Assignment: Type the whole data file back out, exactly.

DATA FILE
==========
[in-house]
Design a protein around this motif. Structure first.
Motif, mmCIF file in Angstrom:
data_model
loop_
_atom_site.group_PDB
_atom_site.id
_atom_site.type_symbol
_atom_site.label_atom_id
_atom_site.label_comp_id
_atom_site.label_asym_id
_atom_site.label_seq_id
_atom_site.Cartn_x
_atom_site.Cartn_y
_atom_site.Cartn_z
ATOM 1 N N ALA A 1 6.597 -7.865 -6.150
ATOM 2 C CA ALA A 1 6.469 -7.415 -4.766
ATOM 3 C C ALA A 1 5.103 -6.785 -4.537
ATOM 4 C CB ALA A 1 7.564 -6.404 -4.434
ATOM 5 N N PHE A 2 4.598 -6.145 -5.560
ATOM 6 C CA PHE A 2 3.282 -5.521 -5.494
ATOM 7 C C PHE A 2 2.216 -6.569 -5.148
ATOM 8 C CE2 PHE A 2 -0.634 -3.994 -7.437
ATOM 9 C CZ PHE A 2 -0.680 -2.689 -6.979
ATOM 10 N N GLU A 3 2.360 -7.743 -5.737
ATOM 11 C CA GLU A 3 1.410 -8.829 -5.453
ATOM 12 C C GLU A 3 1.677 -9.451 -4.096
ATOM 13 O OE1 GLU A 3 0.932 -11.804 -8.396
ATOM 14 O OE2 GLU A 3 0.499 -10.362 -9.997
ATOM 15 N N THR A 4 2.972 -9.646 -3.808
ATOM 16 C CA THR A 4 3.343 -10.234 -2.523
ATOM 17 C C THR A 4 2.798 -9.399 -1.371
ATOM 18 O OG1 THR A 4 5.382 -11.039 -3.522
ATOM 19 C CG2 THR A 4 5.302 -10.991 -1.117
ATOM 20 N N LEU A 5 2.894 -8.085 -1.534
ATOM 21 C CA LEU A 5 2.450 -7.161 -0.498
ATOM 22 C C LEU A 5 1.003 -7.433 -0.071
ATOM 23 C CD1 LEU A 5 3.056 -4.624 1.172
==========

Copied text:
[in-house]
Design a protein around this motif. Structure first.
Motif, mmCIF file in Angstrom:
data_model
loop_
_atom_site.group_PDB
_atom_site.id
_atom_site.type_symbol
_atom_site.label_atom_id
_atom_site.label_comp_id
_atom_site.label_asym_id
_atom_site.label_seq_id
_atom_site.Cartn_x
_atom_site.Cartn_y
_atom_site.Cartn_z
ATOM 1 N N ALA A 1 6.597 -7.865 -6.150
ATOM 2 C CA ALA A 1 6.469 -7.415 -4.766
ATOM 3 C C ALA A 1 5.103 -6.785 -4.537
ATOM 4 C CB ALA A 1 7.564 -6.404 -4.434
ATOM 5 N N PHE A 2 4.598 -6.145 -5.560
ATOM 6 C CA PHE A 2 3.282 -5.521 -5.494
ATOM 7 C C PHE A 2 2.216 -6.569 -5.148
ATOM 8 C CE2 PHE A 2 -0.634 -3.994 -7.437
ATOM 9 C CZ PHE A 2 -0.680 -2.689 -6.979
ATOM 10 N N GLU A 3 2.360 -7.743 -5.737
ATOM 11 C CA GLU A 3 1.410 -8.829 -5.453
ATOM 12 C C GLU A 3 1.677 -9.451 -4.096
ATOM 13 O OE1 GLU A 3 0.932 -11.804 -8.396
ATOM 14 O OE2 GLU A 3 0.499 -10.362 -9.997
ATOM 15 N N THR A 4 2.972 -9.646 -3.808
ATOM 16 C CA THR A 4 3.343 -10.234 -2.523
ATOM 17 C C THR A 4 2.798 -9.399 -1.371
ATOM 18 O OG1 THR A 4 5.382 -11.039 -3.522
ATOM 19 C CG2 THR A 4 5.302 -10.991 -1.117
ATOM 20 N N LEU A 5 2.894 -8.085 -1.534
ATOM 21 C CA LEU A 5 2.450 -7.161 -0.498
ATOM 22 C C LEU A 5 1.003 -7.433 -0.071
ATOM 23 C CD1 LEU A 5 3.056 -4.624 1.172